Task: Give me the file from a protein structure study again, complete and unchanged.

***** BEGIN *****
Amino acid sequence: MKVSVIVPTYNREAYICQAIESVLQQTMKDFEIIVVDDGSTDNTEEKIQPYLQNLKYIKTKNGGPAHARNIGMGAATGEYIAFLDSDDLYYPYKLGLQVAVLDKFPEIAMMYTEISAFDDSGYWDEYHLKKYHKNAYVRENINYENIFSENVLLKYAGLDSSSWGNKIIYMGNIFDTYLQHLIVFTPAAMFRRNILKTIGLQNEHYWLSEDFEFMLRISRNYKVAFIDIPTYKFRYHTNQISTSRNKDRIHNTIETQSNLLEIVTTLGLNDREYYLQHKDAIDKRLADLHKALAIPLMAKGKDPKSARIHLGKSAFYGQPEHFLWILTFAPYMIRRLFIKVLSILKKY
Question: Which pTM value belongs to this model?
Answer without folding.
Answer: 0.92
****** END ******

Amino acid sequence: MKVSVIVPTYNREAYICQAIESVLQQTMKDFEIIVVDDGSTDNTEEKIQPYLQNLKYIKTKNGGPAHARNIGMGAATGEYIAFLDSDDLYYPYKLGLQVAVLDKFPEIAMMYTEISAFDDSGYWDEYHLKKYHKNAYVRENINYENIFSENVLLKYAGLDSSSWGNKIIYMGNIFDTYLQHLIVFTPAAMFRRNILKTIGLQNEHYWLSEDFEFMLRISRNYKVAFIDIPTYKFRYHTNQISTSRNKDRIHNTIETQSNLLEIVTTLGLNDREYYLQHKDAIDKRLADLHKALAIPLMAKGKDPKSARIHLGKSAFYGQPEHFLWILTFAPYMIRRLFIKVLSILKKY
Question: Which pTM value belongs to this model?
Answer without folding.
Answer: 0.92